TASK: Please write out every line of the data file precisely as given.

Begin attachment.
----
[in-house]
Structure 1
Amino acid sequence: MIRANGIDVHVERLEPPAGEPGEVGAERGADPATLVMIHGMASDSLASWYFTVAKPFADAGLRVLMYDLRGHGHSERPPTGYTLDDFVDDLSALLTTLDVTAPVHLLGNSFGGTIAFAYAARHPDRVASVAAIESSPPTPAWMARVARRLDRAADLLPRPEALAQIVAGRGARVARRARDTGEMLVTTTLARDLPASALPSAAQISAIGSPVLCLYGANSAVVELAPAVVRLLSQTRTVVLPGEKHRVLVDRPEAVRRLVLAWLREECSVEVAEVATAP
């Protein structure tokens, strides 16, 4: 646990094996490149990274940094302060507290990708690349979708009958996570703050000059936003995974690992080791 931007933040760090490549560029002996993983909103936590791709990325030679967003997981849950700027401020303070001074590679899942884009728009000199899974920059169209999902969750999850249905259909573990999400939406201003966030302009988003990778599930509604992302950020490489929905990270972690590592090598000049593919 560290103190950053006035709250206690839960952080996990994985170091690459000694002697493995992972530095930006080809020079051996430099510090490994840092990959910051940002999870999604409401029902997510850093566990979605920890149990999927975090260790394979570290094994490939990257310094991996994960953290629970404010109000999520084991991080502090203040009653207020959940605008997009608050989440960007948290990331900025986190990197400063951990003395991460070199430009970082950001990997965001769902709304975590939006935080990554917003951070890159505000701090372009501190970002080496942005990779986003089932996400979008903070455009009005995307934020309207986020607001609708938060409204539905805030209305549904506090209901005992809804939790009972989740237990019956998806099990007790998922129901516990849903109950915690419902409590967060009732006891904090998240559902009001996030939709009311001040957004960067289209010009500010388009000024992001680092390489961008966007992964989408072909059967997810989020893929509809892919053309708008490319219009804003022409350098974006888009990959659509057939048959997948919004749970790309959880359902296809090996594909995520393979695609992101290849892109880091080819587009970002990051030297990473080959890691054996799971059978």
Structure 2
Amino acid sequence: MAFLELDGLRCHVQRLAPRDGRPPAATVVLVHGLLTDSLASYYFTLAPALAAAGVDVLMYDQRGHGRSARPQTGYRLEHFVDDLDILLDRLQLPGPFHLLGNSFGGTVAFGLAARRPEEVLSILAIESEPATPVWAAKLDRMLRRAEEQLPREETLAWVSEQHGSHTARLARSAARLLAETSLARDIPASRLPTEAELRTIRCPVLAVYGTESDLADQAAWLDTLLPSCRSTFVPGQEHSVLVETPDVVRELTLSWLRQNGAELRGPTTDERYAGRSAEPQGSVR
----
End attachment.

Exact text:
[in-house]
Structure 1
Amino acid sequence: MIRANGIDVHVERLEPPAGEPGEVGAERGADPATLVMIHGMASDSLASWYFTVAKPFADAGLRVLMYDLRGHGHSERPPTGYTLDDFVDDLSALLTTLDVTAPVHLLGNSFGGTIAFAYAARHPDRVASVAAIESSPPTPAWMARVARRLDRAADLLPRPEALAQIVAGRGARVARRARDTGEMLVTTTLARDLPASALPSAAQISAIGSPVLCLYGANSAVVELAPAVVRLLSQTRTVVLPGEKHRVLVDRPEAVRRLVLAWLREECSVEVAEVATAP
């Protein structure tokens, strides 16, 4: 646990094996490149990274940094302060507290990708690349979708009958996570703050000059936003995974690992080791 931007933040760090490549560029002996993983909103936590791709990325030679967003997981849950700027401020303070001074590679899942884009728009000199899974920059169209999902969750999850249905259909573990999400939406201003966030302009988003990778599930509604992302950020490489929905990270972690590592090598000049593919 560290103190950053006035709250206690839960952080996990994985170091690459000694002697493995992972530095930006080809020079051996430099510090490994840092990959910051940002999870999604409401029902997510850093566990979605920890149990999927975090260790394979570290094994490939990257310094991996994960953290629970404010109000999520084991991080502090203040009653207020959940605008997009608050989440960007948290990331900025986190990197400063951990003395991460070199430009970082950001990997965001769902709304975590939006935080990554917003951070890159505000701090372009501190970002080496942005990779986003089932996400979008903070455009009005995307934020309207986020607001609708938060409204539905805030209305549904506090209901005992809804939790009972989740237990019956998806099990007790998922129901516990849903109950915690419902409590967060009732006891904090998240559902009001996030939709009311001040957004960067289209010009500010388009000024992001680092390489961008966007992964989408072909059967997810989020893929509809892919053309708008490319219009804003022409350098974006888009990959659509057939048959997948919004749970790309959880359902296809090996594909995520393979695609992101290849892109880091080819587009970002990051030297990473080959890691054996799971059978």
Structure 2
Amino acid sequence: MAFLELDGLRCHVQRLAPRDGRPPAATVVLVHGLLTDSLASYYFTLAPALAAAGVDVLMYDQRGHGRSARPQTGYRLEHFVDDLDILLDRLQLPGPFHLLGNSFGGTVAFGLAARRPEEVLSILAIESEPATPVWAAKLDRMLRRAEEQLPREETLAWVSEQHGSHTARLARSAARLLAETSLARDIPASRLPTEAELRTIRCPVLAVYGTESDLADQAAWLDTLLPSCRSTFVPGQEHSVLVETPDVVRELTLSWLRQNGAELRGPTTDERYAGRSAEPQGSVR